START HERE, Vol. 2 Write-In Giveaway: Finalist #4
Kyle was chosen as a finalist in the START HERE, Vol. 2 Write-In Giveaway, in which we invited the Book Riot community to submit sample chapters for our book START HERE, Vol. 2: Read Your Way Into 25 Amazing Authors. Check it out on Kickstarter and back it if you like it! The winner of the Write-In Giveaway will be the one whose entry reposted on BookRiot.com gets the most Facebook “likes” by 11:59PM EDT, Wednesday, May 22, 2013. The ONLY way to vote is to click the Facebook “Like” just above this text on BookRiot.com.
Admit it! There’s an entire section of the book store that might as well not even exist for you! Dostoevsky and Joyce might be intimidating but what really makes you sweat is the non-fiction section. I think this is due in part to how difficult it is to write nonfiction that appeals to a wide audience. But when people nail it (Jared Diamond, James Gleick, and Malcolm Gladwell to name a few) the results are wonderful, and Steven Johnson has been nailing it for the last 15 years.
One of Johnson’s greatest skills is his ability to explain scientific breakthroughs and new technologies by examining both their precursors and their future potential. For example, in Future Perfect Johnson has an excellent section on Kickstarter whose roots he traces to patronage systems and the establishment of government rewards to solve problems (such as the Longitude Prize). Johnson then discusses how ideas like Kickstarter could be used to address the disconnect people feel between paying taxes and the services the government provides. If people could allocate a portion of their taxes to a government program of their choice (like Kickstarter backers selecting which projects to back) they might feel better about paying them.
To help you make the leap from novels to Johnson’s nonfiction we’ll start with a book that is almost indistinguishable from a great thriller.
Ghost Map: The Story of London’s Most Terrifying Epidemic–and How It Changed Science, Cities, and the Modern World
We’re starting off with a bang as this book is a page turner on par with the best thrillers and mystery novels. Ghost Map details the 1854 cholera epidemic in London and is a fascinating example of the struggle between science and superstition. As the outbreak continues to spread and more and more people become afflicted, a doctor named John Snow develops a theory that cholera is a waterborne disease, contradicting the prevailing opinion of the time that cholera is caused by poison in the atmosphere. Using his knowledge of the area (the outbreak occurs in Snow’s neighborhood) he locates the source of the epidemic, convinces the authorities of his theory, and changes the way the modern world investigates epidemics.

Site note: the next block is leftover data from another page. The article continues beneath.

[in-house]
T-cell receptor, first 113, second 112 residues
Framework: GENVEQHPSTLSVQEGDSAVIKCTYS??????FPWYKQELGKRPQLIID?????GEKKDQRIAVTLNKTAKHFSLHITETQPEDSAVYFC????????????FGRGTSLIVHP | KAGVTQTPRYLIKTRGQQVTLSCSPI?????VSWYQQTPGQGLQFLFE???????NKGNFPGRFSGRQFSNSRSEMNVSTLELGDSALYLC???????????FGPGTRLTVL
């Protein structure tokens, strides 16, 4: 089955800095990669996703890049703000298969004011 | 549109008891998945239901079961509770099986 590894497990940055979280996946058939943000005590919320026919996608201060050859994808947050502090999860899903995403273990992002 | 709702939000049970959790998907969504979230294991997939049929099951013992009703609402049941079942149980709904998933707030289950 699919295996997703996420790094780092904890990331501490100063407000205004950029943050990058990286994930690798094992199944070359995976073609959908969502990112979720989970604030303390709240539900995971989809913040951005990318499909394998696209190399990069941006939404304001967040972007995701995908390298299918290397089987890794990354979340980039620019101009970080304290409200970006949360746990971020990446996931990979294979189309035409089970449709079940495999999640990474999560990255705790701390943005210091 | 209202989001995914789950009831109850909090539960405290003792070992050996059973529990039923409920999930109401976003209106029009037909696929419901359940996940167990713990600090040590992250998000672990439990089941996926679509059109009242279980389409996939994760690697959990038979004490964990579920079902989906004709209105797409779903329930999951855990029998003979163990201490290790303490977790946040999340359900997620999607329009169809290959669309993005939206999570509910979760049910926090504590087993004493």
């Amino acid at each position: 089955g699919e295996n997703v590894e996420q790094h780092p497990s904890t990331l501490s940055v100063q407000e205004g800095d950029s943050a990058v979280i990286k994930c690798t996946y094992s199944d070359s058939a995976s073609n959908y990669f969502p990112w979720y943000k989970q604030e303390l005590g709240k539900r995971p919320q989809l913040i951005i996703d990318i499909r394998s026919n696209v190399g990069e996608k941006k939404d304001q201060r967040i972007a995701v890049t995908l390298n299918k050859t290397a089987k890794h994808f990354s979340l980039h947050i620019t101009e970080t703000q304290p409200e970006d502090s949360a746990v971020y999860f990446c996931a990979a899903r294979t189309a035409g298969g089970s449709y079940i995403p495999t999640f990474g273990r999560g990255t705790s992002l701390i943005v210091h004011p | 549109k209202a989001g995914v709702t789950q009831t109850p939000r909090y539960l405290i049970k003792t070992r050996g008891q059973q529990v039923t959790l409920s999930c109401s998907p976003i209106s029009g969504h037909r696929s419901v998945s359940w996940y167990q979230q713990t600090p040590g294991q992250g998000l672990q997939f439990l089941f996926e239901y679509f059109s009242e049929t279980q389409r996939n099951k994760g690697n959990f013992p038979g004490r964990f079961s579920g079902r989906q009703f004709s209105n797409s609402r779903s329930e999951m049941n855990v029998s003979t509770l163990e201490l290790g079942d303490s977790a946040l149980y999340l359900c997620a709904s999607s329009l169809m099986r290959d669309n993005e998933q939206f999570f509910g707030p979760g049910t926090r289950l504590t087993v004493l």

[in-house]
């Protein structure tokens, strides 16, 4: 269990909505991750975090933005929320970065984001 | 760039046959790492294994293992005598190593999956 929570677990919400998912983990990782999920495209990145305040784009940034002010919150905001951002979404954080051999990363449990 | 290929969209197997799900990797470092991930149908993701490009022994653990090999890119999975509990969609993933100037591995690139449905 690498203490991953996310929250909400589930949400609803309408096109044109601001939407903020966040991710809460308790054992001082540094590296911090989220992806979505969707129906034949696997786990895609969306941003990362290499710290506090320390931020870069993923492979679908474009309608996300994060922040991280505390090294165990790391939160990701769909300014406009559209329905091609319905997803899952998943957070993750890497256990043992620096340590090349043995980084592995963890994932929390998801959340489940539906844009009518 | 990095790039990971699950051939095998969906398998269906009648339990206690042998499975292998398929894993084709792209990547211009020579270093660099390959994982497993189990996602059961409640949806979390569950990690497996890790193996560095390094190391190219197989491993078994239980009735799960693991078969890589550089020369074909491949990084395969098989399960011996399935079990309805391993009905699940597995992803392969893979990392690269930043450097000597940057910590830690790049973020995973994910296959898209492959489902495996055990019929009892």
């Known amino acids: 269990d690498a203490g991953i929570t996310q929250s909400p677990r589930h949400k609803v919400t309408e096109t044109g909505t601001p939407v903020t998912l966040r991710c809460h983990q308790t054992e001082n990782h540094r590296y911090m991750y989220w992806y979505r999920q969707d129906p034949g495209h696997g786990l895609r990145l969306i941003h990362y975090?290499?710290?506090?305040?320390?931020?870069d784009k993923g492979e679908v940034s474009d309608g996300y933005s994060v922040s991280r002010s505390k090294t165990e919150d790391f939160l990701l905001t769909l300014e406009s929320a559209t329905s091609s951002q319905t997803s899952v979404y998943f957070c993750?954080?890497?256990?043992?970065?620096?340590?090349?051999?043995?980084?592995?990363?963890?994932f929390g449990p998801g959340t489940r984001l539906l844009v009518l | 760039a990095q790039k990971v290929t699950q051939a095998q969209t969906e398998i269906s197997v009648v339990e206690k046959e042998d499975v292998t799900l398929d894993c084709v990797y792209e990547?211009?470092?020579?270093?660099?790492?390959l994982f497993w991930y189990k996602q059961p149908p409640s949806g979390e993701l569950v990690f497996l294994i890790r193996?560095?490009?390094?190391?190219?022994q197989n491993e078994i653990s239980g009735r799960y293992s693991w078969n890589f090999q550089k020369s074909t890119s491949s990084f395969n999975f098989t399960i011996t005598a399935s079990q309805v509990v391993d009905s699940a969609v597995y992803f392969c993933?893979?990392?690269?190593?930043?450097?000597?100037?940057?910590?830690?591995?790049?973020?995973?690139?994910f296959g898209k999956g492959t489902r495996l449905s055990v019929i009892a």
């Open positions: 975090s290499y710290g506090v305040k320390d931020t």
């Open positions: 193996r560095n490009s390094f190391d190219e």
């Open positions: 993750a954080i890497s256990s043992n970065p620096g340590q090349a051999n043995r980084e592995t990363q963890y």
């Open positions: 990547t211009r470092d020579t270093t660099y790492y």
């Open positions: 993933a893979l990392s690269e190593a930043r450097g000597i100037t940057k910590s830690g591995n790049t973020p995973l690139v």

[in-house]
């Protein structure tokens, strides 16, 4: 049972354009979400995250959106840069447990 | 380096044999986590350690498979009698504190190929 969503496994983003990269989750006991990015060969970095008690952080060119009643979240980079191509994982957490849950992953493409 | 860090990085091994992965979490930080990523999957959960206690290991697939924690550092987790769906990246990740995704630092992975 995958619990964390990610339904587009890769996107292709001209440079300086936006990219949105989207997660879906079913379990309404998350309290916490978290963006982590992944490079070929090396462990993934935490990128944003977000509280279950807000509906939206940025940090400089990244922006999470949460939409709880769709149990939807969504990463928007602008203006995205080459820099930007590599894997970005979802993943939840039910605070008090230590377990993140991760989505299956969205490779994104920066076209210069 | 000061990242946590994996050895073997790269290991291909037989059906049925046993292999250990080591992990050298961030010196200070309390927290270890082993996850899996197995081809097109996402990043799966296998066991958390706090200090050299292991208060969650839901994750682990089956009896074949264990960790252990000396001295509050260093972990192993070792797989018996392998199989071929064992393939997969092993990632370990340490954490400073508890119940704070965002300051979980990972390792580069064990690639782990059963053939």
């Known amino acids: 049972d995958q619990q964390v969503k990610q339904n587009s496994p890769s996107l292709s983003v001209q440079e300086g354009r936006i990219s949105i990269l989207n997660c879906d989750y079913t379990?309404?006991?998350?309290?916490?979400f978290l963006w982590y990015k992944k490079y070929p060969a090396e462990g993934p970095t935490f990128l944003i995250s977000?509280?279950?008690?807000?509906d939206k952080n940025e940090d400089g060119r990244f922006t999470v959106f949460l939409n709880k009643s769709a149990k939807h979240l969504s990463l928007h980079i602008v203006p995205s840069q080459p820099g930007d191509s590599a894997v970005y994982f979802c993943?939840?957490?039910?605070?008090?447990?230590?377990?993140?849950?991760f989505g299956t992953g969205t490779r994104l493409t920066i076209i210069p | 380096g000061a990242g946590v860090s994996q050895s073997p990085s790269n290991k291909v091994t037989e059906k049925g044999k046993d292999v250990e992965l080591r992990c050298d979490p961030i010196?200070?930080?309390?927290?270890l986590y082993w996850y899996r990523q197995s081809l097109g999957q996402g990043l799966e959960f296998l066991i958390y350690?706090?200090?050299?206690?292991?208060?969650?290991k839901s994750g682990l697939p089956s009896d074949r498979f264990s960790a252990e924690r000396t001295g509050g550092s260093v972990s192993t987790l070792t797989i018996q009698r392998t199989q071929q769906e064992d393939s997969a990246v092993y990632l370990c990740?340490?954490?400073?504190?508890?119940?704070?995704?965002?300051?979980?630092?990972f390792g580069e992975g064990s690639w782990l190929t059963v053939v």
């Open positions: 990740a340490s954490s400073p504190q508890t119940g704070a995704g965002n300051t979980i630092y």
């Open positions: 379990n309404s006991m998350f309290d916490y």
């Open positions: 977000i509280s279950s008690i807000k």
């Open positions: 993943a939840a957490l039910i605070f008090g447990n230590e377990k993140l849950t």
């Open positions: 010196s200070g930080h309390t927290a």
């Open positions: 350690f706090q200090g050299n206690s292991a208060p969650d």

Now that you’ve read the case study you are ready for one of Johnson’s main themes: where do good ideas like Snow’s concept of disease come from and how can they be fostered?
Where Good Ideas Come From: The Natural History of Innovation
Ever wanted to take a reading sabbatical but couldn’t find a way to justify it? Well, now thanks to Johnson you have science backing you up! Reading sabbaticals are just one of the many suggestions Johnson provides on how to cultivate creativity in this fascinating book that examines how innovation has occurred over history. Johnson dispels the myth of the lone scientist slaving in the laboratory and shows how networks of people and ideas are critical for innovation. The key “is not to sit around in glorious isolation and try to think big thoughts. The trick is to get more parts on the table”. After reading this you should have plenty of tricks up your sleeve.
Okay, you’re back from your reading sabbatical where you did nothing but think deep thoughts for a week. So you sit down and start catching up on Game of Thrones and before you know it you’ve just wasted an entire Saturday morning. Wasted? Mr. Johnson would beg to disagree.
Everything Bad is Good For You: How Today’s Popular Culture is Actually Making Us Smarter
Do you feel guilty for spending too much time in front of the TV or trying to level up in Candy Crush? Worry no more! The idea of this book is that as TV shows and video games increase in complexity people are getting smarter! For example think about Gilligan’s Island. Each episode consisted of mostly one plot (here’s a new way for us to try and get off the island), had no more than seven or so one-dimensional characters to keep track of (no need for names, just stereotypes!), and at the end of each episode the status quo was mostly reset. Compare that to an episode of Lost or The Wire, which have upwards of 50 characters that matter and subplots upon subplots upon subplots. According to Johnson, having to keep track of all this complexity actually improves our mental capacity. So the next time you settle in for a Buffy the Vampire Slayer marathon, don’t worry about it! It’s good for you!